Sunday, May 19, 2013

Katie Can Too Run. Sort of. At least until being banned.

Today was race day.

My predicted pace was between 7:30-7:45/ km.

I ran 14km in 1:42:12. That's 7:18 / km.

My previous best effort was 1:59:43 or 8:33 /km.

And the last time I ran 14km was 3 weeks ago.

That's the power of orange. (Described in detail below).

In an atmosphere of unconditional and unlimited support how could one not improve beyond your wildest dreams?

My inspiring sister Annabel ran the ultra half marathon (23km on the Saturday) in 1:50:17. Her predicted time was 1:55. She finished together with her pace buddy Laura, and the two of them collectively achieved what they might have individually struggled to replicate.

There was one point where I had to walk because I was in so much pain (bloody knees). I only walked 10m because I was terrified I couldn't start running again. And in that 10 m I thought of every one of you. Talk about a jump start. I flew out of the walk.

Thank you. I am so grateful, for all the support (financial and otherwise). This is a cause I passionately believe in: curing cancer through the funding of young (7 years post doctorate)  researchers with burning passion and fresh ideas. So thank you for believing in me.

Thank you to those who ran with me, cheered me and called me crazy. 'Cause it really was.

Especial thanks to the professionals who kept me on the road, Paula Luke, Tanya Bowden and Karen Rook. 

With thanks,


Fast Facts and Figures

  • Funds raised this program: $2060 (Thank YOU!!)
  • Total Funds raised by me: $8806 for Cure Cancer Australia since November 2009
  • Can Too has raised $11,000,000 since 2005 and funded 22 researchers in 2013
  • I have run over 150km in training. This is equivalent of Wollongong to Gosford.
  • I’ve used 256 metres of strapping tape since the program began.

Dirty secrets:
  • I still don't enjoy running. I spent almost the entire race pushing through knee pain. Towards the end I couldn't get my pace up and finally relied on my hatred of running. It worked.
  • I do, however, enjoy running up hills. There's no impact on my knees. There was one final hill before the finish and I was so relieved to see it. Weird, I know.
  • I had my GPS watch set to swim mode at the start. Wishful thinking perhaps? I was "swimming" 29 second 50m laps. It's my fastest ever swim. But a very confusing run pace.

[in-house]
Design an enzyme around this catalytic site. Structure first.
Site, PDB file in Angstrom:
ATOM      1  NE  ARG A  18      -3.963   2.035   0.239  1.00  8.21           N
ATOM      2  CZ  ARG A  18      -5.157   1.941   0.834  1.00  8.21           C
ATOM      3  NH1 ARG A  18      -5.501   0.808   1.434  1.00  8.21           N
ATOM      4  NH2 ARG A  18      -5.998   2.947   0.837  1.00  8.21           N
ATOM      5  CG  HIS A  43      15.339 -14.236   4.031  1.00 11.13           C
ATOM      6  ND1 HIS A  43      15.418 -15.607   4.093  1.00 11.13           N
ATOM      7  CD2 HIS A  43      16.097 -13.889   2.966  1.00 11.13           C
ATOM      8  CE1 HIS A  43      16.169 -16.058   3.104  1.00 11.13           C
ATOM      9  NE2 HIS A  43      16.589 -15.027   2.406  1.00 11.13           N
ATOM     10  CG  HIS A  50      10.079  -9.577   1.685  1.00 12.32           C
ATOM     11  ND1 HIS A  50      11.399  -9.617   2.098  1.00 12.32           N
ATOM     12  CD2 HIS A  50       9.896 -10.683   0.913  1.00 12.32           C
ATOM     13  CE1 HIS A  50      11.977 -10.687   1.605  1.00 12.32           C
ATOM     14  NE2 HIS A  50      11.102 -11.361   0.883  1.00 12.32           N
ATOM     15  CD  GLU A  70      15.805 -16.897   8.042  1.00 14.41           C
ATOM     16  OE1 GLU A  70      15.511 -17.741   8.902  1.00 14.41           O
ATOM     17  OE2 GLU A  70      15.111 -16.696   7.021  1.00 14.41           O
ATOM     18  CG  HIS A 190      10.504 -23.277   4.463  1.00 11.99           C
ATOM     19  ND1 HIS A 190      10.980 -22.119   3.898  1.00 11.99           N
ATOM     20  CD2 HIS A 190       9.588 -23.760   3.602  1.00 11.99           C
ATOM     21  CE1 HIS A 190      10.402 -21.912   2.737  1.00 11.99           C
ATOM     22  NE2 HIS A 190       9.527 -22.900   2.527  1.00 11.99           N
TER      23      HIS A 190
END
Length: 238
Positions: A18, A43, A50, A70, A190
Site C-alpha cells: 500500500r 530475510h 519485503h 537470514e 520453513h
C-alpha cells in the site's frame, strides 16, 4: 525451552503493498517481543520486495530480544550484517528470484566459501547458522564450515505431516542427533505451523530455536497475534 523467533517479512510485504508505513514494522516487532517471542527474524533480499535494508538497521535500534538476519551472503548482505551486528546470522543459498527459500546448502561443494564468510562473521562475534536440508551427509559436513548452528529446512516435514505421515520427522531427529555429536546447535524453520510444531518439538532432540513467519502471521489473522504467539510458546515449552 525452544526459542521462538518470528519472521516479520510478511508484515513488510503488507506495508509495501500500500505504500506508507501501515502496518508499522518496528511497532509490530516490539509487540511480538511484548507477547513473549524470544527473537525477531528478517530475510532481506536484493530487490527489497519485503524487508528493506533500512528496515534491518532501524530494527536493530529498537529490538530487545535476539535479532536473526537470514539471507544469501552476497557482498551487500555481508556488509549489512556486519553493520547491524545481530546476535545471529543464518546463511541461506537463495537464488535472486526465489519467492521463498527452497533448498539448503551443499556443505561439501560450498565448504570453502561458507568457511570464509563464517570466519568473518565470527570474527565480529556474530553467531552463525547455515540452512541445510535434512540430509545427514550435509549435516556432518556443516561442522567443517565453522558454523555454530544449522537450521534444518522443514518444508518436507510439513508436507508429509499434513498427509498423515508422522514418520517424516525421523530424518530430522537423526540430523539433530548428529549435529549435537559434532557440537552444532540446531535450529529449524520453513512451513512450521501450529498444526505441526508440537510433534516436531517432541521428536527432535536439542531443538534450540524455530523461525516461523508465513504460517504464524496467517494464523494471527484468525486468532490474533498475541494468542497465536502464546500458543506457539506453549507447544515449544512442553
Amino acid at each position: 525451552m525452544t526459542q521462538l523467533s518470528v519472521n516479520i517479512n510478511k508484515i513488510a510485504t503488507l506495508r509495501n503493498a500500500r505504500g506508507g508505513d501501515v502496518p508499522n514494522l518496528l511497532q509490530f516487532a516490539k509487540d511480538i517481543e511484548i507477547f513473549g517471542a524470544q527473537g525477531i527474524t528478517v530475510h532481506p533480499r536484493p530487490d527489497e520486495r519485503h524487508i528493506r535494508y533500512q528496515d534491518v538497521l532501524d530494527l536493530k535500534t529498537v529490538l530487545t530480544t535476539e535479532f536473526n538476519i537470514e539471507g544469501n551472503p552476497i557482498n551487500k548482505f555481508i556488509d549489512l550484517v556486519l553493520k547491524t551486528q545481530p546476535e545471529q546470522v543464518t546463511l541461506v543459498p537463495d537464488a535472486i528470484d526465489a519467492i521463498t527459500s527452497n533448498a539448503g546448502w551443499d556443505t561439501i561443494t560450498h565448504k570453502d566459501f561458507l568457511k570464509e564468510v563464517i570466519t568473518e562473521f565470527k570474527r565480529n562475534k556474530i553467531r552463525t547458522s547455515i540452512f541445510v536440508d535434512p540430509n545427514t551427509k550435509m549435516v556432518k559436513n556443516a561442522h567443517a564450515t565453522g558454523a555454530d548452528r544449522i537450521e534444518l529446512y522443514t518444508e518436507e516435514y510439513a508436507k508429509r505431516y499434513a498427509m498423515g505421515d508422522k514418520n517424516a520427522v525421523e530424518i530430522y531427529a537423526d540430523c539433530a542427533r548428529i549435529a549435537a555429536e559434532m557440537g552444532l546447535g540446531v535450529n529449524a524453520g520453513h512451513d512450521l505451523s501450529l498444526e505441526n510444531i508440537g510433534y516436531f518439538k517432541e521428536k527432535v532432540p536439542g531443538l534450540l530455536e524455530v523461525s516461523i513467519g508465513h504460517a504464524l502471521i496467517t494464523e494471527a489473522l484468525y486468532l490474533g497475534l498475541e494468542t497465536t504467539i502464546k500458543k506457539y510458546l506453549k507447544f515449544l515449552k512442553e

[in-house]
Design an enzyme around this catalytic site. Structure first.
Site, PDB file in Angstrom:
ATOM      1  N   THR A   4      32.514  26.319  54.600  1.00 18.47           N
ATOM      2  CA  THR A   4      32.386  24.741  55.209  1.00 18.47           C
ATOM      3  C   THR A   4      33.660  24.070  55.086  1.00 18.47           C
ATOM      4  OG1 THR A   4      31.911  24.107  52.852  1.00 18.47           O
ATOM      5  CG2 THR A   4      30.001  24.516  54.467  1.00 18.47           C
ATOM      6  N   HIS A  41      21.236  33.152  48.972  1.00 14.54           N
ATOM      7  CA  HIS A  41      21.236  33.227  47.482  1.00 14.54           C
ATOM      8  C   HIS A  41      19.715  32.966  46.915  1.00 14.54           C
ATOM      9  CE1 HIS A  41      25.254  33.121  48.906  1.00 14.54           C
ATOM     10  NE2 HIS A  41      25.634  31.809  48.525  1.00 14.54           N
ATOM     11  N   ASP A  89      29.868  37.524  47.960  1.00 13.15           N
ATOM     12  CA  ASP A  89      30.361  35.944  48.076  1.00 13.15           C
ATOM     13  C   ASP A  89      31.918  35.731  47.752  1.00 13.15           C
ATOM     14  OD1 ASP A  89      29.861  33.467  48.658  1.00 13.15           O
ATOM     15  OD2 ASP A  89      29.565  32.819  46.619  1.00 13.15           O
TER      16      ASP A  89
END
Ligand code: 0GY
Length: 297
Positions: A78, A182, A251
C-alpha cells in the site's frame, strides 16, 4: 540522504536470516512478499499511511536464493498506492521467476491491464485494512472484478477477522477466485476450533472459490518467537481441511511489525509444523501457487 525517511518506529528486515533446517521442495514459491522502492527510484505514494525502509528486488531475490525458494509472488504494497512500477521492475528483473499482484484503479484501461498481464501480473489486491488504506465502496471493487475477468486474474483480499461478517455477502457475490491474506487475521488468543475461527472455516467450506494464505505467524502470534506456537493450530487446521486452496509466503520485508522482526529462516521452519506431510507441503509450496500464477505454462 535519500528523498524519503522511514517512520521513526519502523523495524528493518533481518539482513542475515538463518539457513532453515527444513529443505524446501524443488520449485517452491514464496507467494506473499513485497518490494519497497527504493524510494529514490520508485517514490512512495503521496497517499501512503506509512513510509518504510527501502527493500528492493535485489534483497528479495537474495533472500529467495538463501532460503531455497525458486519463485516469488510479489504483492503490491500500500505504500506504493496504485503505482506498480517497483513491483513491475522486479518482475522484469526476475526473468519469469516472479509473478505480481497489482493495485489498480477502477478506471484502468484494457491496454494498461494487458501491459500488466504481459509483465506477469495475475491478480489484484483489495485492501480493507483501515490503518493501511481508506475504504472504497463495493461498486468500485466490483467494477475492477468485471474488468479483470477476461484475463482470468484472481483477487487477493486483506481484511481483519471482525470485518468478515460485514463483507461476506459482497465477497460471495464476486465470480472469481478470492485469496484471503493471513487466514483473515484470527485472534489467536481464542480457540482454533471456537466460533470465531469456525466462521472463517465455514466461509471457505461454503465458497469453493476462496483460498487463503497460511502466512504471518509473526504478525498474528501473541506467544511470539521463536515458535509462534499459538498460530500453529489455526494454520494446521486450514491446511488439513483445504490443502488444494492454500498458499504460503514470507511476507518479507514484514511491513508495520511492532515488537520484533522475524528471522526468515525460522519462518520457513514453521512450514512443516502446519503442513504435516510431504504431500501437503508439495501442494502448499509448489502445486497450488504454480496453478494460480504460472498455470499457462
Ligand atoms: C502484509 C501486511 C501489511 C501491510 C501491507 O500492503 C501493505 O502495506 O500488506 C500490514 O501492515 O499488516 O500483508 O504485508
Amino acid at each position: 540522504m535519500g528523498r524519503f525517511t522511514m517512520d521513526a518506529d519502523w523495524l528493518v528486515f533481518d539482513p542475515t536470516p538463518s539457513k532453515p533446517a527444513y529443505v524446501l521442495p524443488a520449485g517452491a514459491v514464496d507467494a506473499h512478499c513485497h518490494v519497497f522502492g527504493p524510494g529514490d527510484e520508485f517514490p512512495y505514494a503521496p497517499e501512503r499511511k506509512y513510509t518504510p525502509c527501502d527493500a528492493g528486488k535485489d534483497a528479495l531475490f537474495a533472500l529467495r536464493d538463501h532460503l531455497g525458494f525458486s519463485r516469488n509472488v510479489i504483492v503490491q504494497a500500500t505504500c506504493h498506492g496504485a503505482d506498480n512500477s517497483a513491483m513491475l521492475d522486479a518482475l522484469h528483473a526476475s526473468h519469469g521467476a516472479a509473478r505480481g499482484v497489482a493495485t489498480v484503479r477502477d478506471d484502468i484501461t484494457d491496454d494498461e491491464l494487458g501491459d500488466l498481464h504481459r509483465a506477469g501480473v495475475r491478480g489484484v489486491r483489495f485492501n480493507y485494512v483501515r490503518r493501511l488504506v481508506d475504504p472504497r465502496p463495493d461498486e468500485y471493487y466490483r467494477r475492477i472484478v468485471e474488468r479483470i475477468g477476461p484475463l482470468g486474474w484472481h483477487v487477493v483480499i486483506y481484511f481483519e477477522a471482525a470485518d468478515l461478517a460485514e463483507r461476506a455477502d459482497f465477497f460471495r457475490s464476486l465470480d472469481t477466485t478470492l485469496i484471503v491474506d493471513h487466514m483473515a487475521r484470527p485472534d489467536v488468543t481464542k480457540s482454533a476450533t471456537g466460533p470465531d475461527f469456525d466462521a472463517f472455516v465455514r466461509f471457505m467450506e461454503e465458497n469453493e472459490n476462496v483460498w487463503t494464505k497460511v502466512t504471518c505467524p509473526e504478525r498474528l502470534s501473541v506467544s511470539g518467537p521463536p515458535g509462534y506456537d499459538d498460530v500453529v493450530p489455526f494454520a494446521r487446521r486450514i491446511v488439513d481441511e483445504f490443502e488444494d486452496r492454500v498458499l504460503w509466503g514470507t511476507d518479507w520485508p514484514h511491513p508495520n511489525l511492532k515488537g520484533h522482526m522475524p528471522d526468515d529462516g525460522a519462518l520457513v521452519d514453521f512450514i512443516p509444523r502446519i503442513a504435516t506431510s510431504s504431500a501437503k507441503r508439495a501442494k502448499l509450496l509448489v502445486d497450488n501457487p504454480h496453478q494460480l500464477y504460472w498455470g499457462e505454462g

The power of orange

Our cheer squad lined the start and finish, including my lovely sister. One of our team couldn't run but had a loudhailer at the top of the first decline / final incline. It was a loop course so everyone who ran past wearing orange (even if not a Can Tooer) on the way back down got a hero's ovation. Each geographical Can Too pod  (we were 14km North) has a team captain and mentor. Our mentor encouraged me to run our own race and got an injured team member across the line. Our team captain's husband stationed himself at the 2km point and cheered us all. Our team captain and coach got the fast runners over the line then came back to ferry us slower souls across the line. Again and again. They ran about 20km that day. Annie, who founded Can Too, paced her inspiring and injured husband (fellow fish out of water, Simon) over the line and then ran back to help everyone up that final hill. Then she did the next thing for the half / ultra marathon the next day. She probably ran 60km over the course of the weekend. And everywhere you looked there were examples of a community of (Orange) people encouraging each other to achieve beyond their imagination. 

Race Report

I decided to run my own race, with an eye on my pace but without being a slave to the pace. It was a genuinely beautiful run to the paradise picnic spot through beautiful countryside complete with cantering horses. Despite 12 weeks of strength work, weekly physio and clinical pilates sessions the right knee protested every step. I broke my promise not to run through the pain. But if you stuck a camera in my face I forget the pain. The middle 6km of the race was a gentle hill. I loved the incline up to the turn around and hated the decline - but it did help me to negatively split. 

The winner (a Kenyan who looked like he wasn't trying despite running faster than my sprint pace) passed me at the 3km mark. I made a point of cheering everyone. I was determined to enjoy the race as much as possible and encouraging others is my favourite part of Can Too

At the final kilometre the beautiful, generous, inspiring and supportive Abbie (Team Captain) and Simone (coach) ran back to collect me. Somehow I picked up the pace beyond what I thought possible, only to slow right at the end so I could High 5 absolutely everyone. I waved, jumped, smiled, thumbs upped and thoroughly enjoyed the end. It had been a long time in the making.

After icing my knees I felt like I could have kept running. There's still a lot of work to do there. I then jumped into Apollo Bay (17 degrees) for a recovery walk in the water and swim. 

Everyone thought I was mad, but after a second swim the following day I was pain free. Best recovery ever.

What's next?

I've signed up to do the half marathon in September. However, 20 years after chipping my patella stuffing up my knees, I'm finally getting a surgeon's opinion. I'm also having my running style assessed to try and remove any technique based problems.

So the half will have to wait and see the outcome of all these efforts. [Post script - my knees track so badly I will inevitably required a full bilateral reconstruction. If I run it'll be necessary in 5 years, if not I have 20 years. I have been banned from running.]

In the meantime, my group and I are going to keep doing short runs together. They are just such an incredible bunch of people with whom I really want to stay in touch. Plus I get to ramp up my swimming efforts again (YAY!!!) ahead of a planned very long distance swim.